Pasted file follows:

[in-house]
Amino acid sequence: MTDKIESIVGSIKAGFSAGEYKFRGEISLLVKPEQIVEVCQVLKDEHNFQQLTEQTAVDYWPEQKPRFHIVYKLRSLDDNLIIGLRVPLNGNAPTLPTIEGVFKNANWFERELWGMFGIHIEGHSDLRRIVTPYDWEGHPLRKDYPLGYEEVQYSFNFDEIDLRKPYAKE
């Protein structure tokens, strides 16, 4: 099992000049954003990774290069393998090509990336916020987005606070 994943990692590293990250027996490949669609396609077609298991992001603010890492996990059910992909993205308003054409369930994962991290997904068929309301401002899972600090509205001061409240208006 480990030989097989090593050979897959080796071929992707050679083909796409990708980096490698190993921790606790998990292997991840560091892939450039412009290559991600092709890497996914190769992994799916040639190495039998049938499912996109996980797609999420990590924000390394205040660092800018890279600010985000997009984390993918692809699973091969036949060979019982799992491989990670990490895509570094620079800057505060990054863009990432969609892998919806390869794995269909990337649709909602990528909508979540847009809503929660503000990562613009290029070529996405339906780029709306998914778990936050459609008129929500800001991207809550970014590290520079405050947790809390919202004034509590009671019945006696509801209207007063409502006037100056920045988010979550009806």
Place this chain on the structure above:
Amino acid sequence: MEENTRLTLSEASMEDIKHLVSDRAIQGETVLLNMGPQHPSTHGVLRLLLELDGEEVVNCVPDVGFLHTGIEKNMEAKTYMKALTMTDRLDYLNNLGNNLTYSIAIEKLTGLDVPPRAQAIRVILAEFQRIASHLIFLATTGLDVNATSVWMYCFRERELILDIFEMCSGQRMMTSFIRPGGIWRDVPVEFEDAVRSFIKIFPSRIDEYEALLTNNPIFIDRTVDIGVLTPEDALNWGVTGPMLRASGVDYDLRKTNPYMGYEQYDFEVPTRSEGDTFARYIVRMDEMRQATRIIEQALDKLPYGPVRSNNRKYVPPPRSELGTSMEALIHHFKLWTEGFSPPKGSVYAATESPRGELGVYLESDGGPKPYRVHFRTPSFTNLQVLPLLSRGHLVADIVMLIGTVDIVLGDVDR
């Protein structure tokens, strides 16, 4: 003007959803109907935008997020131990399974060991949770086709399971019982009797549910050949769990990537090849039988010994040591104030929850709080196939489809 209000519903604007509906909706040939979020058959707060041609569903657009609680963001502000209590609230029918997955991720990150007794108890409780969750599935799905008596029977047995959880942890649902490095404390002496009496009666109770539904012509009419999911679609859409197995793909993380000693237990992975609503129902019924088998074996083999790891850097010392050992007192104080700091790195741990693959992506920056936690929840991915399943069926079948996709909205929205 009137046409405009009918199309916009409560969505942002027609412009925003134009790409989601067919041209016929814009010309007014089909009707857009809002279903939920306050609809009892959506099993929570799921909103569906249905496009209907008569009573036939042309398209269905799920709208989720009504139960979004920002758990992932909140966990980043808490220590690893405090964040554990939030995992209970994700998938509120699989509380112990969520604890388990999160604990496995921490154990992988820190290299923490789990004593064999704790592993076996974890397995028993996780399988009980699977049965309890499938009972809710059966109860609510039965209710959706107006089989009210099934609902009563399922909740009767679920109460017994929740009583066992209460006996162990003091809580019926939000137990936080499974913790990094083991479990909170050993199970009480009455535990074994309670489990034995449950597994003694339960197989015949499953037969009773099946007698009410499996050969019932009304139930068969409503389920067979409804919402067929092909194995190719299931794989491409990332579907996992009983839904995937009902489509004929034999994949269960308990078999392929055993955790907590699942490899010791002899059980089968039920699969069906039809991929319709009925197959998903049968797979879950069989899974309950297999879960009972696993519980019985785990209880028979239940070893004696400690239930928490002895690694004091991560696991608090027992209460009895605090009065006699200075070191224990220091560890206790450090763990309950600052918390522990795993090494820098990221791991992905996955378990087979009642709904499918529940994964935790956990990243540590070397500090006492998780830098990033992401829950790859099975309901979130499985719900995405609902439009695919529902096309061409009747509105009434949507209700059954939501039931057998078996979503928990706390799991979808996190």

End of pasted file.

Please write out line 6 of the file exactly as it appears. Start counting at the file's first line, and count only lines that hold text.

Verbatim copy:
């Protein structure tokens, strides 16, 4: 003007959803109907935008997020131990399974060991949770086709399971019982009797549910050949769990990537090849039988010994040591104030929850709080196939489809 209000519903604007509906909706040939979020058959707060041609569903657009609680963001502000209590609230029918997955991720990150007794108890409780969750599935799905008596029977047995959880942890649902490095404390002496009496009666109770539904012509009419999911679609859409197995793909993380000693237990992975609503129902019924088998074996083999790891850097010392050992007192104080700091790195741990693959992506920056936690929840991915399943069926079948996709909205929205 009137046409405009009918199309916009409560969505942002027609412009925003134009790409989601067919041209016929814009010309007014089909009707857009809002279903939920306050609809009892959506099993929570799921909103569906249905496009209907008569009573036939042309398209269905799920709208989720009504139960979004920002758990992932909140966990980043808490220590690893405090964040554990939030995992209970994700998938509120699989509380112990969520604890388990999160604990496995921490154990992988820190290299923490789990004593064999704790592993076996974890397995028993996780399988009980699977049965309890499938009972809710059966109860609510039965209710959706107006089989009210099934609902009563399922909740009767679920109460017994929740009583066992209460006996162990003091809580019926939000137990936080499974913790990094083991479990909170050993199970009480009455535990074994309670489990034995449950597994003694339960197989015949499953037969009773099946007698009410499996050969019932009304139930068969409503389920067979409804919402067929092909194995190719299931794989491409990332579907996992009983839904995937009902489509004929034999994949269960308990078999392929055993955790907590699942490899010791002899059980089968039920699969069906039809991929319709009925197959998903049968797979879950069989899974309950297999879960009972696993519980019985785990209880028979239940070893004696400690239930928490002895690694004091991560696991608090027992209460009895605090009065006699200075070191224990220091560890206790450090763990309950600052918390522990795993090494820098990221791991992905996955378990087979009642709904499918529940994964935790956990990243540590070397500090006492998780830098990033992401829950790859099975309901979130499985719900995405609902439009695919529902096309061409009747509105009434949507209700059954939501039931057998078996979503928990706390799991979808996190």